Par for the Course
I am a firm believer in the value of libraries because I have always enthusiastically accepted the axiom that you can learn how to do anything from a book, even the most difficult of all human endeavors—how to swing a golf club. In the course of my life, I have competed, at some level, in about every sport to which a red-blooded American boy is exposed, so I can say with absolute certainty that nothing compares to golf from a degree-of-difficulty standpoint.
I lived a basically happy life for the first 58 years of my life, and then I retired and decided to take up golf as a way of staying in functional physical shape. A couple of years ago, my playing partner Fred, a retired chiropractor, put it succinctly as we finished yet another round of dysfunctional golf: “Enough torture for one day.” Forget waterboarding; the military should take captured terrorists out on the golf course and make them play until they break down and confess their deepest, darkest secrets.
When it comes to things that I want to master, I tend to be rather stubborn. So while Fred would head for the golf course cocktail lounge to alleviate his pain, I would head for the public library. There I would find a seemingly endless collection of “how to” golf books and videos. It was just a matter of finding the right one. Hope and change became my mantra. I would change my swing and then hit the little white ball and hope for the best.
The hallmark of golf literature is that every expert has a different theory. One day I would follow the advice of Johnny Miller and hold the club “loosey goosey,” and the next day I would “grip it and rip it” à la John Daley. One day I would swing with a strong right arm (Tommy Bolt), and the next I would swing with a strong left arm (Tiger Woods). One day I would coil my body into a pretzel (Ben Hogan), and the next I would relax and swing easy (Julius Boros). Some days I would tinker with a short backswing, and others I would wind the club back as far as I could. Nothing worked.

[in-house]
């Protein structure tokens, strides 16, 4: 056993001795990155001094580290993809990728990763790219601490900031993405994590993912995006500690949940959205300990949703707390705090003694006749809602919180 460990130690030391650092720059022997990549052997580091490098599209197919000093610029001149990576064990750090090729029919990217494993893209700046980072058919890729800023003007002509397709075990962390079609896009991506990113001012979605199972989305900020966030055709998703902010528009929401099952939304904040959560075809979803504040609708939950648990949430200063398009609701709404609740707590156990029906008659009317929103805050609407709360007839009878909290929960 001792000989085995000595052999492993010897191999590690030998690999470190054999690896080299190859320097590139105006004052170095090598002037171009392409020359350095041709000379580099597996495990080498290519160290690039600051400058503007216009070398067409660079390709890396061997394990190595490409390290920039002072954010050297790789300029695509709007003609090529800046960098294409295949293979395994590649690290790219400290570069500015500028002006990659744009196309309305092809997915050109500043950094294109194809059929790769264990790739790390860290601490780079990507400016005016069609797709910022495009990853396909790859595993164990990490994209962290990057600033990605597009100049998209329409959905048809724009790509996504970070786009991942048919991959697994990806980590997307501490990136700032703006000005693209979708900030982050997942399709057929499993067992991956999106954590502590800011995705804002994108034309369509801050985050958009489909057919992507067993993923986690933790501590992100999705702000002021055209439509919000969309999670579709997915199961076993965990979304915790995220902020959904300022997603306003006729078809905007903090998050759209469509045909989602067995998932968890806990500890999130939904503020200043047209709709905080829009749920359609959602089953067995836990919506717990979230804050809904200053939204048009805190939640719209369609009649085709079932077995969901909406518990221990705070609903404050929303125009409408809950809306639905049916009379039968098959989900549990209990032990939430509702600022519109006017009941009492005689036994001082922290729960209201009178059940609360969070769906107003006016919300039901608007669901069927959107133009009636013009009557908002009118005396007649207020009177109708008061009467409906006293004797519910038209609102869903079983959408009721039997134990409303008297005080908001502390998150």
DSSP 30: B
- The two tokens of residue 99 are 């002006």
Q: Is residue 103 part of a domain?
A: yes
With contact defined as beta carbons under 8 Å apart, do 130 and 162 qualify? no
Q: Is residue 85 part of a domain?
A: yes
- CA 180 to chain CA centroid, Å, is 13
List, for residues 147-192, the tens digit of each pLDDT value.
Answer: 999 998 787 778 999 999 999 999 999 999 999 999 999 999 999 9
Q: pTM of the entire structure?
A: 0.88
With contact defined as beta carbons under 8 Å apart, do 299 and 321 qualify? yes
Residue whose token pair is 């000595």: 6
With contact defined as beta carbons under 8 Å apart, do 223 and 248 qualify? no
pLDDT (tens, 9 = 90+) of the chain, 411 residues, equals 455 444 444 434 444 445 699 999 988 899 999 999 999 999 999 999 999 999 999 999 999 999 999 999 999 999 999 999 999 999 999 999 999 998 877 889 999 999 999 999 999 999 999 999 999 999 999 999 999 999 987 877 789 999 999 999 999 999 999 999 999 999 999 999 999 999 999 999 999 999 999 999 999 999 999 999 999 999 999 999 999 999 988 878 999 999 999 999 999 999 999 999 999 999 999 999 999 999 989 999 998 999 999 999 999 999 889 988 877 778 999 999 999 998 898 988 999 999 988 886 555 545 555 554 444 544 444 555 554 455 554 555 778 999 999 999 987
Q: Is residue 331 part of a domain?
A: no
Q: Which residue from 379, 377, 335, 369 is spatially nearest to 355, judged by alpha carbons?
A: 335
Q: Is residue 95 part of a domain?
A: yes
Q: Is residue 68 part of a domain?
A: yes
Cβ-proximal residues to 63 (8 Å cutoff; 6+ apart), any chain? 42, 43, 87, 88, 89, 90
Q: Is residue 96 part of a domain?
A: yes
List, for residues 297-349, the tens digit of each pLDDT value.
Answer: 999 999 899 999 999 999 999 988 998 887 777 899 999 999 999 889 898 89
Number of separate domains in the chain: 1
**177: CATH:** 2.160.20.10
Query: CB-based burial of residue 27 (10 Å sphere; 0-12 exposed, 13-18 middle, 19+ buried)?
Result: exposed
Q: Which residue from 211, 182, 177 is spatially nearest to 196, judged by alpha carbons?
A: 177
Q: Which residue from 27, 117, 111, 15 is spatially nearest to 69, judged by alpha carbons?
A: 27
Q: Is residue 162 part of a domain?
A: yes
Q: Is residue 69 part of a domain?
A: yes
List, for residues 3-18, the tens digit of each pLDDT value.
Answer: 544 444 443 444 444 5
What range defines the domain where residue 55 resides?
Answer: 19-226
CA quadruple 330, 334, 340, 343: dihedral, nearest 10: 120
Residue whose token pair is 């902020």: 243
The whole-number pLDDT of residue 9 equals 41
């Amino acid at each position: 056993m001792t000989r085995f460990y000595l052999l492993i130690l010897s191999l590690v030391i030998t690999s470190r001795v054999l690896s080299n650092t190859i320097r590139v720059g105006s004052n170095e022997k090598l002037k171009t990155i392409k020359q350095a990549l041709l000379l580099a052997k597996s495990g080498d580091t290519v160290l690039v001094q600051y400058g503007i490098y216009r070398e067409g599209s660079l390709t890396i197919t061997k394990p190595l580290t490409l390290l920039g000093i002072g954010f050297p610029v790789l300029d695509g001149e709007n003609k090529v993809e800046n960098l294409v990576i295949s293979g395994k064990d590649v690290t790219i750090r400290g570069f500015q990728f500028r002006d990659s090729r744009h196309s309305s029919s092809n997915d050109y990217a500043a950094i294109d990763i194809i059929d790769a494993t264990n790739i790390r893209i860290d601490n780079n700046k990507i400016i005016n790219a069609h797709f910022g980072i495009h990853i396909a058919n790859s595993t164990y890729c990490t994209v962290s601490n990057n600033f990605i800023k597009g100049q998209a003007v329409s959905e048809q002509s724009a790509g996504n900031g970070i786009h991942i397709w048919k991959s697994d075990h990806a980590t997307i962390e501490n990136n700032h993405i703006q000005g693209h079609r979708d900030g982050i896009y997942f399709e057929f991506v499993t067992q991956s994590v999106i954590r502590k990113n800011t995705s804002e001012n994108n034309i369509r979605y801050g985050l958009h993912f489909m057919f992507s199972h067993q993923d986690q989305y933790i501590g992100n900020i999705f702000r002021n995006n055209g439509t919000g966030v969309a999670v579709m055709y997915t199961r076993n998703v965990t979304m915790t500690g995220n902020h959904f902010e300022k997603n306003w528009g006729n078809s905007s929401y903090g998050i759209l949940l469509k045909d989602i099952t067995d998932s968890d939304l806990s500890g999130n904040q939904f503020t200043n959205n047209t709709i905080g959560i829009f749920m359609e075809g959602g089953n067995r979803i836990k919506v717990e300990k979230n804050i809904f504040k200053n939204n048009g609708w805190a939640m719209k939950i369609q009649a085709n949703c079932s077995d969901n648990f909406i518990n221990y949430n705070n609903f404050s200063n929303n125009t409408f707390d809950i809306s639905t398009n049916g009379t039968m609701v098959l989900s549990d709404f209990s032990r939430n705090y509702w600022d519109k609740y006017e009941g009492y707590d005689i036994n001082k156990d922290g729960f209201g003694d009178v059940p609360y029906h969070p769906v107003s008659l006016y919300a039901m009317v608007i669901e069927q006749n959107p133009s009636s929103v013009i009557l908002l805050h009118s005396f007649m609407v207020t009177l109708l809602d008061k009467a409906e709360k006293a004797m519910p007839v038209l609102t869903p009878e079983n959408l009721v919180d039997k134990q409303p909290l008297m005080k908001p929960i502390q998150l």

So I got frustrated and decided to empty my head of all the swing tips I’d learned and do what felt comfortable to me—a medium grip, a moderate backswing, and a left and right arm working in tandem. My scores improved and the game became fun.
It all reminded me of my career in management. I progressed from being the director of a small-town public library in my 20s to managing a good-sized city in my 50s. Like any good librarian, I had to keep up with the times and read the management book du jour. Every author seemed to have a different theory: You should be an intimidating presence, a warm and fuzzy life coach, a wily politician. You should stay the hell out of politics, be on the cutting edge of technology, shun fads and stick with classic principles, take a collegial approach, exert strong leadership, follow the data, go by your instinct, be an extrovert, be an introvert. . . . Management literature is like golf literature.
Was it Socrates who said “Know yourself”? If so, he was the greatest management theorist of all time—and probably a pretty decent golfer.
WILL MANLEY has furnished provocative commentary on librarianship for more than 30 years and has written nine books on the lighter side of library science. Contact him at wmanley7[at]att.net.